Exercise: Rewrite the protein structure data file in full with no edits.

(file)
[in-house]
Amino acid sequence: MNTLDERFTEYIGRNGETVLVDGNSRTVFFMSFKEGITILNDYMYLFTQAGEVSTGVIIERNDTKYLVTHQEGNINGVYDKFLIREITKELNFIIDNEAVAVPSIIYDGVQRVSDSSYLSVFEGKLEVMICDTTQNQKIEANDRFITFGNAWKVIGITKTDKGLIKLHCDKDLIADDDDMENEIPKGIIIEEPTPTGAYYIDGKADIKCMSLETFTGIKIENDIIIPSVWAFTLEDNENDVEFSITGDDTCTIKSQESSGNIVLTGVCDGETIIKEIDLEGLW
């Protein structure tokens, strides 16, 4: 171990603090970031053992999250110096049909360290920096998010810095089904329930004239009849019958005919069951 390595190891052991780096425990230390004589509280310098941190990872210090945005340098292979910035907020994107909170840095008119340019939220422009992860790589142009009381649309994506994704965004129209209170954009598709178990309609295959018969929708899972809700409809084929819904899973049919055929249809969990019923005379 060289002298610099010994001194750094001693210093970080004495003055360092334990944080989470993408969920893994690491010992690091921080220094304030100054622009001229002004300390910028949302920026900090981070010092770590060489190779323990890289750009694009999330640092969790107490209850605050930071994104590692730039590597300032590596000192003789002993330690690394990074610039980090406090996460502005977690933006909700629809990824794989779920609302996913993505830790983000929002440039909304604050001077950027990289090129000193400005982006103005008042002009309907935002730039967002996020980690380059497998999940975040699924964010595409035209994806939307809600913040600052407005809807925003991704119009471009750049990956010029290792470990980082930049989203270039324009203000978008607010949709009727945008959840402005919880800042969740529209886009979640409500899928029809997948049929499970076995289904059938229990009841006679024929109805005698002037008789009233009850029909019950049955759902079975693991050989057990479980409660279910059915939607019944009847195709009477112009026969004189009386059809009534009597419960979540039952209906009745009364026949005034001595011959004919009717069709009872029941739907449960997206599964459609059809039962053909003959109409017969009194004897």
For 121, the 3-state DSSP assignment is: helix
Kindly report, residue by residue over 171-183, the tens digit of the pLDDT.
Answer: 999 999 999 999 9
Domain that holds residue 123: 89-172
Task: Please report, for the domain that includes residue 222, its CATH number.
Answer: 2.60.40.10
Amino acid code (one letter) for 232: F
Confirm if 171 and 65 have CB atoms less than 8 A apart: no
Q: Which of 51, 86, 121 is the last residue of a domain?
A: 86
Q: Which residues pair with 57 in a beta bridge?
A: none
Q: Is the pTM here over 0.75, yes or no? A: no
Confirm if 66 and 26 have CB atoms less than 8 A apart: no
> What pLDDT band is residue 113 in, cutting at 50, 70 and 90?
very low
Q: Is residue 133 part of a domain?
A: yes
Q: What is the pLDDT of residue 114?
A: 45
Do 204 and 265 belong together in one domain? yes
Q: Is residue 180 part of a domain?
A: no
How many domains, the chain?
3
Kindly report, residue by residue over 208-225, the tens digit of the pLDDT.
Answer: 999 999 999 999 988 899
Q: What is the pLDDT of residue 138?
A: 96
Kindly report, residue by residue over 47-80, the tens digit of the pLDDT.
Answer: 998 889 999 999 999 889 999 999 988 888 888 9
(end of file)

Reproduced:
[in-house]
Amino acid sequence: MNTLDERFTEYIGRNGETVLVDGNSRTVFFMSFKEGITILNDYMYLFTQAGEVSTGVIIERNDTKYLVTHQEGNINGVYDKFLIREITKELNFIIDNEAVAVPSIIYDGVQRVSDSSYLSVFEGKLEVMICDTTQNQKIEANDRFITFGNAWKVIGITKTDKGLIKLHCDKDLIADDDDMENEIPKGIIIEEPTPTGAYYIDGKADIKCMSLETFTGIKIENDIIIPSVWAFTLEDNENDVEFSITGDDTCTIKSQESSGNIVLTGVCDGETIIKEIDLEGLW
């Protein structure tokens, strides 16, 4: 171990603090970031053992999250110096049909360290920096998010810095089904329930004239009849019958005919069951 390595190891052991780096425990230390004589509280310098941190990872210090945005340098292979910035907020994107909170840095008119340019939220422009992860790589142009009381649309994506994704965004129209209170954009598709178990309609295959018969929708899972809700409809084929819904899973049919055929249809969990019923005379 060289002298610099010994001194750094001693210093970080004495003055360092334990944080989470993408969920893994690491010992690091921080220094304030100054622009001229002004300390910028949302920026900090981070010092770590060489190779323990890289750009694009999330640092969790107490209850605050930071994104590692730039590597300032590596000192003789002993330690690394990074610039980090406090996460502005977690933006909700629809990824794989779920609302996913993505830790983000929002440039909304604050001077950027990289090129000193400005982006103005008042002009309907935002730039967002996020980690380059497998999940975040699924964010595409035209994806939307809600913040600052407005809807925003991704119009471009750049990956010029290792470990980082930049989203270039324009203000978008607010949709009727945008959840402005919880800042969740529209886009979640409500899928029809997948049929499970076995289904059938229990009841006679024929109805005698002037008789009233009850029909019950049955759902079975693991050989057990479980409660279910059915939607019944009847195709009477112009026969004189009386059809009534009597419960979540039952209906009745009364026949005034001595011959004919009717069709009872029941739907449960997206599964459609059809039962053909003959109409017969009194004897």
For 121, the 3-state DSSP assignment is: helix
Kindly report, residue by residue over 171-183, the tens digit of the pLDDT.
Answer: 999 999 999 999 9
Domain that holds residue 123: 89-172
Task: Please report, for the domain that includes residue 222, its CATH number.
Answer: 2.60.40.10
Amino acid code (one letter) for 232: F
Confirm if 171 and 65 have CB atoms less than 8 A apart: no
Q: Which of 51, 86, 121 is the last residue of a domain?
A: 86
Q: Which residues pair with 57 in a beta bridge?
A: none
Q: Is the pTM here over 0.75, yes or no? A: no
Confirm if 66 and 26 have CB atoms less than 8 A apart: no
> What pLDDT band is residue 113 in, cutting at 50, 70 and 90?
very low
Q: Is residue 133 part of a domain?
A: yes
Q: What is the pLDDT of residue 114?
A: 45
Do 204 and 265 belong together in one domain? yes
Q: Is residue 180 part of a domain?
A: no
How many domains, the chain?
3
Kindly report, residue by residue over 208-225, the tens digit of the pLDDT.
Answer: 999 999 999 999 988 899
Q: What is the pLDDT of residue 138?
A: 96
Kindly report, residue by residue over 47-80, the tens digit of the pLDDT.
Answer: 998 889 999 999 999 889 999 999 988 888 888 9